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Big ideas request

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  • televisionresearcher
    Hello all, I have joined this group in the hope that someone may be able to help me with some research I am working on for an American TV programme. We are
    Message 1 of 3 , Oct 20, 2004
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      Hello all,

      I have joined this group in the hope that someone may be able to help me with some
      research I am working on for an American TV programme.

      We are producing a documentary about the effects of electricity on the human body. I have
      been tasked to find and/or create some visually spectacular experiments using a Van de
      Graaf generator - something that goes beyond hair raising and would look really great on
      TV. Essentially experiments that the wider audience, beyond enthusiasts such as
      yourselves, haven't seen before.

      I have tested the stack of metal plates experiment, and the fluorescent light bulb
      experients, and they look really good when the size/power of the VDG is increased (we've
      made one that's about 7ft tall), but does anyone have any suggestions for other
      experiments that equal or better these?

      If so I would REALLY like to hear from you.

      Many thanks,

      Alex
    • Richard R. Linder
      Alex: I am a retired EE and have built 2 VDGs, one medium (18 sphere) and one large (30 sphere) yet to be tested @ high voltage. For the last few years I
      Message 2 of 3 , Oct 20, 2004
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        Alex:
         
        I am a retired EE and have built 2 VDGs, one "medium" (18" sphere) and one "large" (30" sphere) yet to be tested @ high voltage.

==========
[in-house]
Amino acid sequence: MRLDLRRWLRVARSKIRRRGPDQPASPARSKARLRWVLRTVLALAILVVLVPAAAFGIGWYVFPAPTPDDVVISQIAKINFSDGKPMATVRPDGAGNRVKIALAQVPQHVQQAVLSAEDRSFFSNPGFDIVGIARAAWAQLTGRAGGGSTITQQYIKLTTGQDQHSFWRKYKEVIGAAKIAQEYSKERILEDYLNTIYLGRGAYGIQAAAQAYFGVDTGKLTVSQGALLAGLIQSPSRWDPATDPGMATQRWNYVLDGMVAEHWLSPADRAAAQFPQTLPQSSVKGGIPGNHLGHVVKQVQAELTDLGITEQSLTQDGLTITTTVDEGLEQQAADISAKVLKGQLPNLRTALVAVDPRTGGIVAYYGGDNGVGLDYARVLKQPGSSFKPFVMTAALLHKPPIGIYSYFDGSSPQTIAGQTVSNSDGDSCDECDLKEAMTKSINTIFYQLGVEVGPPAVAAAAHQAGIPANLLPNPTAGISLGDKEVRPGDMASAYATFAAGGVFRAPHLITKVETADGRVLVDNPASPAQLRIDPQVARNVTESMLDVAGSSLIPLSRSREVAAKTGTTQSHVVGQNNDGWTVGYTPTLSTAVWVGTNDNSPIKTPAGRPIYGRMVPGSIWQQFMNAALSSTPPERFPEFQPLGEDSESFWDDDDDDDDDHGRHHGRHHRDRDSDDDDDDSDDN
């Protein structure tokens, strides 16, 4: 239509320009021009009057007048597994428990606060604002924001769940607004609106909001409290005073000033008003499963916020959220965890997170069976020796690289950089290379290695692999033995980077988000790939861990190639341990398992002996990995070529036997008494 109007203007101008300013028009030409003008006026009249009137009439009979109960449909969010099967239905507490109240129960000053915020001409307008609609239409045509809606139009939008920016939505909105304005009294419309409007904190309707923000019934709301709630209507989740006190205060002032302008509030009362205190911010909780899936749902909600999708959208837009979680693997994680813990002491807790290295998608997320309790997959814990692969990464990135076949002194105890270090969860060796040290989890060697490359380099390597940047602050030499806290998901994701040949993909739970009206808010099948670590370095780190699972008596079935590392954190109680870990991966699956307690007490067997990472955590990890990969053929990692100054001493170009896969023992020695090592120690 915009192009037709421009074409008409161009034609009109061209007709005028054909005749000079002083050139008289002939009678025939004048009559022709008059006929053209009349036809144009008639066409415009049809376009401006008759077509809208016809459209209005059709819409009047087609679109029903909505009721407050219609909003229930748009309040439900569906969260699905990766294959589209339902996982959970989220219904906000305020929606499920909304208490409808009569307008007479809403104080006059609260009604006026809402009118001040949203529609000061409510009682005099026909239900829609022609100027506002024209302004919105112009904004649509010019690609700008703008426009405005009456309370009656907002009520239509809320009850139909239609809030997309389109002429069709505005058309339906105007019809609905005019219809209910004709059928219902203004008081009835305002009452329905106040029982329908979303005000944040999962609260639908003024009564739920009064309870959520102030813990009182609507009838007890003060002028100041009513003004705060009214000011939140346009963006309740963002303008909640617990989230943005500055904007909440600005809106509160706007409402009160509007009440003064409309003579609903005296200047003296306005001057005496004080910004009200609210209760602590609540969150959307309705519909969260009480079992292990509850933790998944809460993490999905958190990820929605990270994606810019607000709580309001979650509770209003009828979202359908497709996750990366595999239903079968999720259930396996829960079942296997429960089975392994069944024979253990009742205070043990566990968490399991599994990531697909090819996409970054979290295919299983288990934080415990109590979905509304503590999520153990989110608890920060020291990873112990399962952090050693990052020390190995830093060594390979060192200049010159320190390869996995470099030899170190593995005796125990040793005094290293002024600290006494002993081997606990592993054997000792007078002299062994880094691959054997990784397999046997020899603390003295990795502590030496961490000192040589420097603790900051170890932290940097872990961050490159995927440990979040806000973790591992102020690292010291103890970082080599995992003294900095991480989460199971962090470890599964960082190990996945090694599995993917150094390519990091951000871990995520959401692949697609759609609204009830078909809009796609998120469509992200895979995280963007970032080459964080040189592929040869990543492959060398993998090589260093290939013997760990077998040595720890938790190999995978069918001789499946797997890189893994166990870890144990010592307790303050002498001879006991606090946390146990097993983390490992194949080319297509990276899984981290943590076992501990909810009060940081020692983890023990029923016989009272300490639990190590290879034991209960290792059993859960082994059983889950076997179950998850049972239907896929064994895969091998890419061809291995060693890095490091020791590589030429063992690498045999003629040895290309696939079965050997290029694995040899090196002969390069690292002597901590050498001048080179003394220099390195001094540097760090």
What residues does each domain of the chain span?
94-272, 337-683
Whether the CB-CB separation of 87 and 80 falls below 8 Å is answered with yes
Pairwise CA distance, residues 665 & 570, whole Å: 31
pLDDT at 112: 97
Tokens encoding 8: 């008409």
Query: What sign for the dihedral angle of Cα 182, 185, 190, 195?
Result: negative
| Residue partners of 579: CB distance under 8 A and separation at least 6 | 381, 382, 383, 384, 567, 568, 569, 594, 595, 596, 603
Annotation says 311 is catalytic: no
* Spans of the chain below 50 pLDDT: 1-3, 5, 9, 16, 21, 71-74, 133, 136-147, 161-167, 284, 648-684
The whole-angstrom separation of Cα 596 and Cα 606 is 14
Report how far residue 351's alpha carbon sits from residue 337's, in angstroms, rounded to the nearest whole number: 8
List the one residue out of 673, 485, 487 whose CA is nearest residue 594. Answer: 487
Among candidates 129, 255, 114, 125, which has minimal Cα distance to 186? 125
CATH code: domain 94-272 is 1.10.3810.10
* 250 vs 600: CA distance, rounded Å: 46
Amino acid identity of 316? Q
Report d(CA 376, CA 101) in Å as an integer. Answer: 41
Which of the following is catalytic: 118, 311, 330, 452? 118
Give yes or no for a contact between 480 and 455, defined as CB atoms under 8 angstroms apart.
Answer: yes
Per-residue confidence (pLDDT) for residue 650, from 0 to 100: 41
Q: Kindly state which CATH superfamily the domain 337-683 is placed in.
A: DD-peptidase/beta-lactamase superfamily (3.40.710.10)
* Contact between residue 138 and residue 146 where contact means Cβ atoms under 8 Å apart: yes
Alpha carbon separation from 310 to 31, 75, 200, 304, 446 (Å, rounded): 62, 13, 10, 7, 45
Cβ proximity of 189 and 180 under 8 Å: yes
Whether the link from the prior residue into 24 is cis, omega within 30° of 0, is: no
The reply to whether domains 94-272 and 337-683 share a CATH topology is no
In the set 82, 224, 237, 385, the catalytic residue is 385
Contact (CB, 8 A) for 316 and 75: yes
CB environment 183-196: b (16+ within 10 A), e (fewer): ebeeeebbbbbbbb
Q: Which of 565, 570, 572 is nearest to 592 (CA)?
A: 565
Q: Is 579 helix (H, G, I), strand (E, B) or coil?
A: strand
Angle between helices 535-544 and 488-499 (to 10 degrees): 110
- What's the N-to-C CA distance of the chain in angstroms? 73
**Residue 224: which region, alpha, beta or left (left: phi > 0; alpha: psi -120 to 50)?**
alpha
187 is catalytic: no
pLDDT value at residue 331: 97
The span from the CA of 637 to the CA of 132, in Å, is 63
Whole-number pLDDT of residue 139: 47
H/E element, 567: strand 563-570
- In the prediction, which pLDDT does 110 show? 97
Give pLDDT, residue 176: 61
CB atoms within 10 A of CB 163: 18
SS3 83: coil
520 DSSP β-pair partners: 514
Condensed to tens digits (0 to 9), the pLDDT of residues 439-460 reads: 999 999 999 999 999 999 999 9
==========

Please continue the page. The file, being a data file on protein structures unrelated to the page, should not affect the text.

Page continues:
For the last few years I have toured my town's (Burlington, MA) schools as part of a static electricity show presented by the  Burlington Science Center.  One experiment we do is to show that like charges repel. Fill a pie plate with styrofoam peanuts, place the plate on top of the VDG and start the motor. You will produce a huge shower of peanuts.
         
        Another one: take a flat piece of thin aluminum about 2" wide and 24"-30" long. Bend the ends of the aluminum so that you have a sharp points at 90 degrees to the  long side of the strip. The 2 points should be facing in opposite directions. Find the balance point and put a dimple there so it will balance on a nail held vertically.  Take a 6 penny nail and sharpen the point, press it through a piece of cardboard and tape it to the top of the VDG.  Balance the aluminum "propellor" on the nail.
         
        Electrons pouring out of the two pointed ends will cause the prop to spin quite fast. If the VDG has enough poop you can attach some light streamers to the ends.
         
        Dick Linder
        ----- Original Message -----
        Sent: Wednesday, October 20, 2004 10:46 AM